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I have a question regarding fitting a poisson model to non-independent observations when assessing the incidence of an outcome.

I am interested in the incidence of some outcome, O, over time. I have a cohort of N patients all of which are followed up for various lengths of time over the course of 20 years. i.e. some patients enter in year 0, some at year 5, 10, etc.

To assess the secular trend, I calculate the total time at risk in each year, and the number of events in each year (Individuals are no longer followed up after an event). For each year, I divide the number of events in the year by the total time at risk. I find there to be a secular trend in incidence over time. Alternatively, I could fit a Poisson model where the outcome = # events, offset = time at risk, predictor variable = calendar year.

I then would like to adjust for a potential confounding factor. That is, I hypothesize that changes in some covariate, C, may be responsible for the secular trend (my data is observational and I am aware of causality vs correlation, but it is still of interest).

To do this, I must break up my data into the individual level, as opposed to summarizing on the year level. The data would look like:

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| Patid | Followup | Event | Year   | C  |
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| 001     | 365      | 0     | 1    | 1  |
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| 001     | 100      | 1     | 2    | 1.5|
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| 002     | 150      | 0     | 5    | 1.3|
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| 002     | 365      | 0     | 6    | 1.3|
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|         |          |       |      |    |

Here the first individual is followed up for 365 days in year 1, doesn't not have the event of interest, and has a value of 1 for the confounding covariate ( measured on say the first day of the year). In year 2, the individual has an event after 100 days and then is no longer followed up, and the confounder when measured was 1.5.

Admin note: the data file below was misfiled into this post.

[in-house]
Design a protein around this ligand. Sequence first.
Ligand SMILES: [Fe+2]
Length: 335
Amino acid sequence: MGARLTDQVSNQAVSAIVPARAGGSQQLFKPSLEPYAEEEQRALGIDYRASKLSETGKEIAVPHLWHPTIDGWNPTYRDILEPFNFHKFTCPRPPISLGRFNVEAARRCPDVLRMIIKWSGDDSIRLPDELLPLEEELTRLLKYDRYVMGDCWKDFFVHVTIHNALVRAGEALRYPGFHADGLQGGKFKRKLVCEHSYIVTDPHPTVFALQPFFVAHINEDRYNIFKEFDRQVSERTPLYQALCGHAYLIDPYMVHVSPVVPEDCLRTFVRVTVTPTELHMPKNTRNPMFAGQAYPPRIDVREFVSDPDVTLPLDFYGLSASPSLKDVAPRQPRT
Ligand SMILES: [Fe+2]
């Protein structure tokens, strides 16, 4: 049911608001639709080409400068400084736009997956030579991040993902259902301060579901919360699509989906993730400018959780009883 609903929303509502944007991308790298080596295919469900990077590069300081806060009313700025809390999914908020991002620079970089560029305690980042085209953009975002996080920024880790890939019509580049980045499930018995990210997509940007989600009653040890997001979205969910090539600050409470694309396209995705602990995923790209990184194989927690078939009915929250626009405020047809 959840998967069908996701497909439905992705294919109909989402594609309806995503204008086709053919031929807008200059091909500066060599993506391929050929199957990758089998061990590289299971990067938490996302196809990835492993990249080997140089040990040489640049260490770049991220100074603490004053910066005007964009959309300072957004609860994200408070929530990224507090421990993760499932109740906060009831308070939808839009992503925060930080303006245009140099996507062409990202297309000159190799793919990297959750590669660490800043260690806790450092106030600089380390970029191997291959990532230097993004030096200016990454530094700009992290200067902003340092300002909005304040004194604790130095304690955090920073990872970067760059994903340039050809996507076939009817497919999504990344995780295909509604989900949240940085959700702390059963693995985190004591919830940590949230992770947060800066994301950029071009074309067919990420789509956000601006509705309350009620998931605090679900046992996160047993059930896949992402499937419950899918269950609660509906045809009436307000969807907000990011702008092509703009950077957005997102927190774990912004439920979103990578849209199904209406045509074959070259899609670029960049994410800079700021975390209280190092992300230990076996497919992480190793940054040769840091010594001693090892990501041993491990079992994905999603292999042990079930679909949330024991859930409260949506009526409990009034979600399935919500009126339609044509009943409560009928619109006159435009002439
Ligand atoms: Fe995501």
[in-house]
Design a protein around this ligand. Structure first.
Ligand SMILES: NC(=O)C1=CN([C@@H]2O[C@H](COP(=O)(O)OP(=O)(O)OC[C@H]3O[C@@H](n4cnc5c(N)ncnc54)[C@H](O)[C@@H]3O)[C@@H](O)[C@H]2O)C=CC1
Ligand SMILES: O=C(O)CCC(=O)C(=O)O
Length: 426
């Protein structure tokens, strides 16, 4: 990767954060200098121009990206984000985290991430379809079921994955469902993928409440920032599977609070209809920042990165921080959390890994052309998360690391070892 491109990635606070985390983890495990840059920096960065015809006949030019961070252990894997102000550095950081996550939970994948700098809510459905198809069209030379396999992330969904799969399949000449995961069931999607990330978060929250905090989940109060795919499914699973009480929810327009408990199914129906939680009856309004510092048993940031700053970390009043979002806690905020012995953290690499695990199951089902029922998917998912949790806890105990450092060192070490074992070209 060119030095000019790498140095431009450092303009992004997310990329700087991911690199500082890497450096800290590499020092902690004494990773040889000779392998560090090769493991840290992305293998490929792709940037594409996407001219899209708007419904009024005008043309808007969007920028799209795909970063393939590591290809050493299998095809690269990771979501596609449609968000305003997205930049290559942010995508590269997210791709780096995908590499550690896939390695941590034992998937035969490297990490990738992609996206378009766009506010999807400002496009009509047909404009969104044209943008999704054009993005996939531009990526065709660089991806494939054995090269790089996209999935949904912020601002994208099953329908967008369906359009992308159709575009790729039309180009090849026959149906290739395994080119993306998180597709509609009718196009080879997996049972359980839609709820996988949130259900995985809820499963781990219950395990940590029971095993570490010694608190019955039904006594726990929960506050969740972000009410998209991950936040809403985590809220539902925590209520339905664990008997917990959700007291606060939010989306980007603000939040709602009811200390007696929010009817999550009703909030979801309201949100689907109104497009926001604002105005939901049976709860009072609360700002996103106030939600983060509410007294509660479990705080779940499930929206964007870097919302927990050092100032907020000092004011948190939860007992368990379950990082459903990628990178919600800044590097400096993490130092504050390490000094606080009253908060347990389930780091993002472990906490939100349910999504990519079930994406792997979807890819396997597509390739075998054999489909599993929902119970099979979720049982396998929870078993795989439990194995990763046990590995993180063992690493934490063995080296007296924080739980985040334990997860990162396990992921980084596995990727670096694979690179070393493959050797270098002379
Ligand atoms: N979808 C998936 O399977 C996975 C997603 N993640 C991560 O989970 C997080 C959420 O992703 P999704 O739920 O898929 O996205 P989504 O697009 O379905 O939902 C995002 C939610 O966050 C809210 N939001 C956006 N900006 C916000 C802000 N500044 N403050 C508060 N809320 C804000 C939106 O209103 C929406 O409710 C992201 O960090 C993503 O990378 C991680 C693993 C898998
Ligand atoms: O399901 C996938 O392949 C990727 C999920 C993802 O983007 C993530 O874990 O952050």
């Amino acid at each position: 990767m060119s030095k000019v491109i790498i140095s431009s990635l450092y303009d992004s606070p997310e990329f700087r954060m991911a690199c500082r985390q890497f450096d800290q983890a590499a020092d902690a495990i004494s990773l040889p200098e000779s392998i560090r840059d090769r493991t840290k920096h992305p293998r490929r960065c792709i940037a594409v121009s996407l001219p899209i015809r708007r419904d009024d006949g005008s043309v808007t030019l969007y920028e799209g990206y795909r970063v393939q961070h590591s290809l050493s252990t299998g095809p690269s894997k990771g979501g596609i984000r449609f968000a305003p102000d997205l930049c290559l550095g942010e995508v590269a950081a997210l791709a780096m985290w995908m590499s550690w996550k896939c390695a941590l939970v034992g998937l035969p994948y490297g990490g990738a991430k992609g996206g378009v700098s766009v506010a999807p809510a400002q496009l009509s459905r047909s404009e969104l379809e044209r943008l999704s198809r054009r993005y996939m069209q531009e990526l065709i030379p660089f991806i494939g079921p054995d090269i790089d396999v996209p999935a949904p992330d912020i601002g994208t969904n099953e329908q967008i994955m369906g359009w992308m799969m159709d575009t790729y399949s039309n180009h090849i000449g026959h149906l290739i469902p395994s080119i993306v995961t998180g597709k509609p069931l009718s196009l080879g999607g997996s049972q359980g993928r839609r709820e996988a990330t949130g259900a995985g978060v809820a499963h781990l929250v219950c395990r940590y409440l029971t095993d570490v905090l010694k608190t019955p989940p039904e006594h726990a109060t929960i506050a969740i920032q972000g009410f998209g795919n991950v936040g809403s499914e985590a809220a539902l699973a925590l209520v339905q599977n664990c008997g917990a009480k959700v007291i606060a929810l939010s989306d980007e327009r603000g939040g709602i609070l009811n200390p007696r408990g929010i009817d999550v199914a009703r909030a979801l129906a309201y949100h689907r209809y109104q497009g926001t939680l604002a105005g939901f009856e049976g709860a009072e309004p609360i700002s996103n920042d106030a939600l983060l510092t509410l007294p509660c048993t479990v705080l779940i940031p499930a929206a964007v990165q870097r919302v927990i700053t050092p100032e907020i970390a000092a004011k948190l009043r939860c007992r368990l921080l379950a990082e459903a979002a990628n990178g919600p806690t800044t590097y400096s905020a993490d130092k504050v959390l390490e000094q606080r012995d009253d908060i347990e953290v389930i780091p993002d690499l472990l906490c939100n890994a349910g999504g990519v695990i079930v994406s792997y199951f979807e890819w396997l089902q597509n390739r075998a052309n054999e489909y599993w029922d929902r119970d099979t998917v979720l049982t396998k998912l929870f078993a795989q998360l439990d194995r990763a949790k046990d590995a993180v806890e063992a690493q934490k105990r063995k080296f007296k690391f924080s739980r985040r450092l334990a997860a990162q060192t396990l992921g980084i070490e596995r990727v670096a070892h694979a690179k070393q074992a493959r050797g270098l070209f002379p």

I would then fit a Poisson model, outcome = # events, offset = time at risk, predictor variables = calendar year, and C.

My initial reaction was that this is invalid given the observations are not independent, rule 101 for most statistical procedures. However I have been advised that this is OK to do by someone I trust, but they weren't able to find a source for this. This person says it is something to do with the fact that once an individual has an event they are removed from the cohort, and the likelihood working out correctly, but could not give a concrete answer. I am planning to run ahead with the model, but would really appreciate any references on this subject as to why it is OK which I can use, and also for my own interest!

Many thanks.

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With non-independent observations, mixed-effect models are the way to go. Somebody asked a similar question very recently, the answers to which will provide you with some good reference books to look into. Cheers

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  • $\begingroup$ Thank you for your reply. They key difference between these examples is that I am looking at incdience (first event during follow up, then an individual is no longer followed up), whereas the linked example is looking at a rate (can have multiple events). I agree in the linked example that a multilevel model is applicable, however I do not think it is here. $\endgroup$ – AP30 Jul 27 '18 at 15:12
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Found this source, see paragraph 1 on page 4. Although the subject is about pooled logistic regression, as opposed to a poisson model, I believe the argument is the same.

"While there may be concern with the PLR regarding the dependence of multiple records within an individual contributing to several intervals, Allison (2010) has noted that in working with a dataset with multiple records for intervals within each individual there is no inflation of test statistics resulting from a lack of independence. This property is due to the fact that the likelihood factors into a distinct term for each interval. Allison also cautioned that this conclusion may not apply when the dataset includes multiple events for each individual."

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